All appeared normal: Hau’oli Kikaha, the Huskies outside linebacker and national sacks leader, blew past UCLA’s right tackle and sacked quarterback Brett Hundley on the Bruins’ first possession of Saturday’s game at Husky Stadium.
But Kikaha came off the field favoring his shoulder, spent the rest of the first half being examined by trainers on the sideline, and didn’t play again during the Huskies’ 44-30 loss to UCLA.
Huskies coach Chris Petersen said afterward that Kikaha has a stinger, a nerve injury that shoots stinging or burning pain down the arm.
Without him, the Huskies had trouble putting any kind of meaningful pressure on Hundley, who dissected Washington’s young secondary for 29-of-36 passing, 302 yards and two touchdowns without throwing an interception.
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“I think we could all feel it. I think you guys probably felt it,” Petersen said. “Hundley’s a heck of a quarterback and if he can hang in there and not feel pressured, things change. And that coupled with being young back there, that’s not a good combination for us at all. So we definitely felt it.”
Aside from Kikaha’s first-quarter takedown, Hundley was not sacked.
“A lot of it was just the upperclassmen trying to kind of do his job at the same time, but that’s obviously the wrong mindset,” senior nose tackle Danny Shelton said. “It should have been more confident. You saw how the game went. Hau’oli’s a big factor in the game, and it’s pretty tough to do things without him.”
Kikaha, a fifth-year senior, improved his school-record and nation-leading season sack total to 16.5. The 116 yards opponents have lost on Kikaha’s 22.5 tackles for loss this season is also a school record.
He wasn’t the only key member of UW’s defense who left the game with an injury. Sophomore safety Kevin King, the only non-true-freshman member of UW’s starting secondary, left the game in the third quarter with what Petersen said was a leg cramp. He thinks King will be fine.
James Atoe, who again moved from right guard to right tackle to help make up for an injury to redshirt freshman Coleman Shelton, also left the game with an apparent injury, though Petersen said he wasn’t sure exactly what it was.
John Ross III said he was texting last night with Marcus Peters, the Huskies’ former top defensive back who was dismissed from the team earlier this week.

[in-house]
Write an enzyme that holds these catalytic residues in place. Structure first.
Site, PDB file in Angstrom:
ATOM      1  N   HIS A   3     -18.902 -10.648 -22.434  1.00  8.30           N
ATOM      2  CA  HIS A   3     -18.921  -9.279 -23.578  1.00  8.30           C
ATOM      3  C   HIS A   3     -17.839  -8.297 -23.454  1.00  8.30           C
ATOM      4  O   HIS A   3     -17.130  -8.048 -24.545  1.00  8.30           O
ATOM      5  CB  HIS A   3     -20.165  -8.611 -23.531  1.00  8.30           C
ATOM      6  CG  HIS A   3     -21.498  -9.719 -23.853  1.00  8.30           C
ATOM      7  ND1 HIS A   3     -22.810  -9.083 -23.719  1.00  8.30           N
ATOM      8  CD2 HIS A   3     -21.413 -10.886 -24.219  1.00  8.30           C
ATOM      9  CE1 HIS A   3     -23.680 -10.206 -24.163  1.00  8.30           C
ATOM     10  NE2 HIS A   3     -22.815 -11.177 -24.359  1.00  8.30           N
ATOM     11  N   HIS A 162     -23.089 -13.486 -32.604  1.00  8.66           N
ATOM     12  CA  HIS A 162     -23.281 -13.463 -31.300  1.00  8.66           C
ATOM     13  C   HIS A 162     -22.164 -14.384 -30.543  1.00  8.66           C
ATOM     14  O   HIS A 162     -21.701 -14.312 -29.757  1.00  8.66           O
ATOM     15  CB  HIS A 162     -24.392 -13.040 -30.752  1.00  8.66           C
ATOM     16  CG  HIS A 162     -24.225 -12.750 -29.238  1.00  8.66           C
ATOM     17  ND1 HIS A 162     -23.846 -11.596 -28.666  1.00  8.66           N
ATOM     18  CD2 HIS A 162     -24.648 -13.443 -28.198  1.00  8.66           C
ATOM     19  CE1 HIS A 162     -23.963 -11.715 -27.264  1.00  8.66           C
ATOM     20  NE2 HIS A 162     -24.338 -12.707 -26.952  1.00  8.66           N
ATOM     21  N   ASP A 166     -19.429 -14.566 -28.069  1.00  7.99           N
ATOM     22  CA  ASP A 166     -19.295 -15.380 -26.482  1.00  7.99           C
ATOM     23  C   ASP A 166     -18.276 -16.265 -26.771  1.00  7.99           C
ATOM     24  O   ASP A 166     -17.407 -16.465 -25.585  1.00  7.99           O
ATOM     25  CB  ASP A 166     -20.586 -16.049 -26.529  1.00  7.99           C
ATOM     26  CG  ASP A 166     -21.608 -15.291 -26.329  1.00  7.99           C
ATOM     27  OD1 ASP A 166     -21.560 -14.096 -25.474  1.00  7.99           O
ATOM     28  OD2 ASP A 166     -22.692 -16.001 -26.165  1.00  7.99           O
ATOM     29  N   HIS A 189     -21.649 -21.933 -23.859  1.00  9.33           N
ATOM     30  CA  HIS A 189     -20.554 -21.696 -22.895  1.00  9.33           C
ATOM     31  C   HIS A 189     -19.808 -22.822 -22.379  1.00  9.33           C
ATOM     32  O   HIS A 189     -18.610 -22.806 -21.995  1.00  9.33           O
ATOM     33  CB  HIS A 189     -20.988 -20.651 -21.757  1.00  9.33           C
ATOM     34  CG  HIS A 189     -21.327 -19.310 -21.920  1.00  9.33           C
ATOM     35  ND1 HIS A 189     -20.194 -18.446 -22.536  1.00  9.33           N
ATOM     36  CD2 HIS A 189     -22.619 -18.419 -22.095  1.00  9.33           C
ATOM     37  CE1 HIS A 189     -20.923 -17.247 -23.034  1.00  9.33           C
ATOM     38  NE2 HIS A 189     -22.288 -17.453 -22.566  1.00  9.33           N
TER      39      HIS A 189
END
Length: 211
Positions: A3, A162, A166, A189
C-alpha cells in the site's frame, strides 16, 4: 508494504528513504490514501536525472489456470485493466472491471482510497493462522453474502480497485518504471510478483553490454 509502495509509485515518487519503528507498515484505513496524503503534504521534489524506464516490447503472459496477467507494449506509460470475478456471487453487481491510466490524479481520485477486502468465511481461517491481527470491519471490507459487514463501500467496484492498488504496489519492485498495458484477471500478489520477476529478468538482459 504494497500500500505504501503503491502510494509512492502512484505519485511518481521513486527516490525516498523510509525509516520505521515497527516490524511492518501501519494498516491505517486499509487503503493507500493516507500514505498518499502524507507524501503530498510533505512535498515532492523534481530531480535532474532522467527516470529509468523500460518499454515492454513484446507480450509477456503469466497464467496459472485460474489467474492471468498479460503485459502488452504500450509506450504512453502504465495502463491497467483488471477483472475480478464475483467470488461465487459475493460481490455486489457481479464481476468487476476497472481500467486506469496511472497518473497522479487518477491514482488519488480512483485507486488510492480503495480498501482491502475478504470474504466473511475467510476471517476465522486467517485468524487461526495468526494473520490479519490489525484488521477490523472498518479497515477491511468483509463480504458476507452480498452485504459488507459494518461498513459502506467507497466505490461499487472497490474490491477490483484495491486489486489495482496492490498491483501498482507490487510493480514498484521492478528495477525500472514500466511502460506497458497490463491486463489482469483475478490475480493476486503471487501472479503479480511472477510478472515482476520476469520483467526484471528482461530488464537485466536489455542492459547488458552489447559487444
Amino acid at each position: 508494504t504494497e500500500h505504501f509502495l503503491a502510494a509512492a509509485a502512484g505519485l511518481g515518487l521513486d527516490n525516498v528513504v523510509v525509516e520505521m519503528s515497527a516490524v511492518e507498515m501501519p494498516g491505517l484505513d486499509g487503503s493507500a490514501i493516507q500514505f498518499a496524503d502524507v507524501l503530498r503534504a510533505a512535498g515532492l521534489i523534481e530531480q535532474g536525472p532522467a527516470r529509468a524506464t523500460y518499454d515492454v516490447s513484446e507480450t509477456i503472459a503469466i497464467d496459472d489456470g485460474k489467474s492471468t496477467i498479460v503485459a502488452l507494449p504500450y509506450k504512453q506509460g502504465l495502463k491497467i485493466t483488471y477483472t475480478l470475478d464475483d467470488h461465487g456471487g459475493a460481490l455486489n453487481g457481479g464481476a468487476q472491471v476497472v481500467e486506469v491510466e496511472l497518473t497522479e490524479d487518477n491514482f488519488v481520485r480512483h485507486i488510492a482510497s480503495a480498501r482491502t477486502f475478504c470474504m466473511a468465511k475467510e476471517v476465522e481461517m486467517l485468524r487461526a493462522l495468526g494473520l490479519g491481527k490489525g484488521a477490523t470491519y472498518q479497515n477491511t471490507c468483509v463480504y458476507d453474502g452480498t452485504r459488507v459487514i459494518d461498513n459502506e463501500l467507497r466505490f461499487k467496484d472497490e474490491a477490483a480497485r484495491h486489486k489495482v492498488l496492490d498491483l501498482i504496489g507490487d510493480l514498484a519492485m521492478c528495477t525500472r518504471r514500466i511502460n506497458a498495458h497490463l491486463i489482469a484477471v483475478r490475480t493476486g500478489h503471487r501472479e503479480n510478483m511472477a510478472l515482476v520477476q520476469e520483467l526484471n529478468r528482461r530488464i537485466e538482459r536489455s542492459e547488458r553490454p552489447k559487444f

Ross, who switched from receiver to cornerback this week, said Peters wanted to help him with his assignments.
“He was telling me, going over the coverages, letting me know what I should do, what I should watch out for,” Ross said, “just like that.”
Huskies players said Peters’ dismissal was a disappointing development.
“It hurt,” Ross said, “because Marcus is so good, and he was like a big brother to us.”
“For the most part, we handled it OK,” senior tailback Deontae Cooper said. “It sucks to see one of your brothers kicked off the team, but you’ve got to take care of business. That’s kind of the message. We still support him, and we’ll still be there for him. But you’ve got to follow the rules.”
Senior linebacker John Timu said that “we still got love for Marcus, and the things he did here were very special. But Naijiel (Hale) stepped in, and we’ve got to back him up.”
Ross played both nickel cornerback and outside cornerback against the Bruins, finishing with two tackles in addition to his 100-yard kickoff return for a touchdown.
“It was fun. Our defensive side of the ball, they’re always clowning around and they do a good job over there,” Ross said. “Coach (Jimmy) Lake made everything simple. Our safeties made things simple. I had fun, honestly, the whole week, in preparation for this game.”
Kikaha has now recorded a sack in 14 consecutive games, and moved into eighth place on the Pac-12’s all-time career sack list. … Ross’ kick return was the fifth 100-yard play in UW history, and the second this season. … Thompson is now UW’s leading rusher with 456 yards and 7.5 yards per carry.